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Looking Up: A Stargazer’s Guide to January 2014

Looking Up: A Stargazer’s Guide to January 2014

Here’s a quick look at what’s going on in the sky during the month of January, 2014:

January 1— New Moon, 6:14 a.m. The Moon is not illuminated by direct sunlight.

January 3, 4 — – Quadrantids Meteor Shower. A strong shower, radiating from the constellation Boötes. Can produce up to 120 meteors per hour at its peak. A thin crescent Moon during peak will result in excellent viewing this year.

January 4 — Earth at perihelion (its closest point to the Sun). 7 a.m.

January 4 — Latest sunrise of the year for 40º North Latitude.

January 15 — Moon at apogee (its farthest point from the Earth).

January 15 — Full Moon, 12:19 a.m. The visible Moon is fully illuminated by direct sunlight. Though the Moon is only technically in this phase for a few seconds, it is considered “full” for the entire day of the event, and appears full for three days.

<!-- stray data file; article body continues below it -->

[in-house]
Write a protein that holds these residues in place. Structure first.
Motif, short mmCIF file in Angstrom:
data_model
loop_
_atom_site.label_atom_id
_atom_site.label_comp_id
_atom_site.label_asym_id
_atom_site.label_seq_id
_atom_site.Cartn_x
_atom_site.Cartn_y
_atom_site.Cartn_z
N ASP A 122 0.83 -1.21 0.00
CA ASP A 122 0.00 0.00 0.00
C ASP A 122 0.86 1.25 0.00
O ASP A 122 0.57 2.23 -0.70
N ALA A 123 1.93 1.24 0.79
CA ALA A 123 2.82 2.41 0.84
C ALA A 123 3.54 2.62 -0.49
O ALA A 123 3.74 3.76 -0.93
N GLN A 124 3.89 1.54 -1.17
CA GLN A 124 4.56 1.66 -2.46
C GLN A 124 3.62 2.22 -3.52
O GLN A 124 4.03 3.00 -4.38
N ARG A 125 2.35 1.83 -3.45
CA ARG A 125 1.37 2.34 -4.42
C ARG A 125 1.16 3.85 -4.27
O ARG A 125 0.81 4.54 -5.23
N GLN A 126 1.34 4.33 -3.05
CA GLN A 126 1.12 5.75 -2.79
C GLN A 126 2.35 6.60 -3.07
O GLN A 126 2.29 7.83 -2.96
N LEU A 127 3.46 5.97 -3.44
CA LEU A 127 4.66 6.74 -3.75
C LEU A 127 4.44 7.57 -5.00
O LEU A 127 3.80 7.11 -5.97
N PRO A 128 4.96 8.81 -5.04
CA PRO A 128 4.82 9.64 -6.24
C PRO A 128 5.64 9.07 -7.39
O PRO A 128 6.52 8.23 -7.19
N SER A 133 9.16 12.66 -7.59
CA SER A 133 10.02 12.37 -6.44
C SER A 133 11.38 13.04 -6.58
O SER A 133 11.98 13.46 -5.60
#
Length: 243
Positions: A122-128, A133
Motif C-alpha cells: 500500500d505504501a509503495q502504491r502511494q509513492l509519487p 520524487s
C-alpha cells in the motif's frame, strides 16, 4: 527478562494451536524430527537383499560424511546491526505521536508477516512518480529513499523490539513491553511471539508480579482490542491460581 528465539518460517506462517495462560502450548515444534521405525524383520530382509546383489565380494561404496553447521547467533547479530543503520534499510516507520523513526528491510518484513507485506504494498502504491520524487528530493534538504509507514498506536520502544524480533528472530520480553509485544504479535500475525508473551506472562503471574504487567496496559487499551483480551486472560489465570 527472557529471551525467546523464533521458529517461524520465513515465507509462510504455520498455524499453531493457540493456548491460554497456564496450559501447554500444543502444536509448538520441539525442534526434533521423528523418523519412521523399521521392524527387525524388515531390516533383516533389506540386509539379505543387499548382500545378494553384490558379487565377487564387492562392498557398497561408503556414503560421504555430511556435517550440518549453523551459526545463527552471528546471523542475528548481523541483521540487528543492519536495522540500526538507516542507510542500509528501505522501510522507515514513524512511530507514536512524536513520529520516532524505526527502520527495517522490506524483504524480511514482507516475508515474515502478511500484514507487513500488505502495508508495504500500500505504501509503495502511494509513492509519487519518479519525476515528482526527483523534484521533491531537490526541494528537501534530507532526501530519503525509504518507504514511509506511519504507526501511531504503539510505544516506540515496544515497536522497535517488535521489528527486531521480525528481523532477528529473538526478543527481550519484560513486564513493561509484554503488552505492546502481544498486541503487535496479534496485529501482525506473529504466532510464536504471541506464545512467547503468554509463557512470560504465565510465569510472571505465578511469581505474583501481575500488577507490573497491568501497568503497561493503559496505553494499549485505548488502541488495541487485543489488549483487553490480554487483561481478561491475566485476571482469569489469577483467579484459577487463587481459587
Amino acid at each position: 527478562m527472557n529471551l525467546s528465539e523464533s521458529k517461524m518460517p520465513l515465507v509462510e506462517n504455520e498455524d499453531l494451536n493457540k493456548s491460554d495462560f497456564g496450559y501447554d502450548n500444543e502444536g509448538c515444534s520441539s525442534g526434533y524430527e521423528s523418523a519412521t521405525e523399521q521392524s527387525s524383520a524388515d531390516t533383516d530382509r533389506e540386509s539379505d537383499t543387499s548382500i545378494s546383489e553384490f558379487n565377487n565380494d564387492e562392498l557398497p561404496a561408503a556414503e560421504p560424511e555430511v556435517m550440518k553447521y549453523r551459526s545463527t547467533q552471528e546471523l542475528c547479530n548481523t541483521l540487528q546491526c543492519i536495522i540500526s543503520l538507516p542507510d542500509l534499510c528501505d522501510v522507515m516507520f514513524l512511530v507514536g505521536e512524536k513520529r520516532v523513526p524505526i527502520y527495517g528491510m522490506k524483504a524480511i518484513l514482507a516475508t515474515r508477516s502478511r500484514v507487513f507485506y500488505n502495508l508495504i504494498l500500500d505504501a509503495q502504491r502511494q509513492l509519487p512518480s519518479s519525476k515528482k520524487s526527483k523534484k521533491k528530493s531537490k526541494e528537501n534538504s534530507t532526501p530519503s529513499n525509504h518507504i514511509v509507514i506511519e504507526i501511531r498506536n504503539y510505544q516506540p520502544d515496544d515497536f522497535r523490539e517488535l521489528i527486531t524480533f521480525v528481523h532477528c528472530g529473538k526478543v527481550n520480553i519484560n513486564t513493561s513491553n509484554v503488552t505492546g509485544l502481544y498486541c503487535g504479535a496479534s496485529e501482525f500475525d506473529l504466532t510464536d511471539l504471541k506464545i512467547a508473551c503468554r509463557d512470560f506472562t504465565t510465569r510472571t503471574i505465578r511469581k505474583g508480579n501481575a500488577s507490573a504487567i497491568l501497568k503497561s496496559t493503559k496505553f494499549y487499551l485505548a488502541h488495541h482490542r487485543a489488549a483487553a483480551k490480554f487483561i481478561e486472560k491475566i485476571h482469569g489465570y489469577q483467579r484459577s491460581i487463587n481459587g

January 17— First Quarter Moon, 10:39 p.m. One-half of the Moon appears illuminated by direct sunlight while the illuminated part is increasing.

January 24 — Last Quarter Moon, 12:19 a.m. One-half of the Moon appears illuminated by direct sunlight while the illuminated part is decreasing.

January 30 — Moon at perigee (its closest point to the Earth).

January 30 — New Moon, 4:38 p.m. The Moon is not illuminated by direct sunlight.

One Response

  1. My grandson was just asking me when we were going to have a meteor shower. Now I’ll be able to tell him tomorrow.

    by Kathryn on Jan 1, 2014 at 9:40 pm

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